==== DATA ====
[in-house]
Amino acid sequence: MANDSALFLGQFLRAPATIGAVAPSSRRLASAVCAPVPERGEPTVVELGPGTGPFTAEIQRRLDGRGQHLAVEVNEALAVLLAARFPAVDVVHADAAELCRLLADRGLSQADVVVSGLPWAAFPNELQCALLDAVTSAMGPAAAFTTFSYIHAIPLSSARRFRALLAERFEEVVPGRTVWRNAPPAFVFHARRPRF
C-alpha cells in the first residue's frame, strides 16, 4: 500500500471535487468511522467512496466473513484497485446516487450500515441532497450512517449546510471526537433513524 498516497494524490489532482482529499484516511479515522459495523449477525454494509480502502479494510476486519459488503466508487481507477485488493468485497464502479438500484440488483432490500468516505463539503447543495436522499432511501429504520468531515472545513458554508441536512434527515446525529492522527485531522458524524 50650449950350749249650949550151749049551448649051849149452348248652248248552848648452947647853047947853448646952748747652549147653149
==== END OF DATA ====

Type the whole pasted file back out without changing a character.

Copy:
[in-house]
Amino acid sequence: MANDSALFLGQFLRAPATIGAVAPSSRRLASAVCAPVPERGEPTVVELGPGTGPFTAEIQRRLDGRGQHLAVEVNEALAVLLAARFPAVDVVHADAAELCRLLADRGLSQADVVVSGLPWAAFPNELQCALLDAVTSAMGPAAAFTTFSYIHAIPLSSARRFRALLAERFEEVVPGRTVWRNAPPAFVFHARRPRF
C-alpha cells in the first residue's frame, strides 16, 4: 500500500471535487468511522467512496466473513484497485446516487450500515441532497450512517449546510471526537433513524 498516497494524490489532482482529499484516511479515522459495523449477525454494509480502502479494510476486519459488503466508487481507477485488493468485497464502479438500484440488483432490500468516505463539503447543495436522499432511501429504520468531515472545513458554508441536512434527515446525529492522527485531522458524524 50650449950350749249650949550151749049551448649051849149452348248652248248552848648452947647853047947853448646952748747652549147653149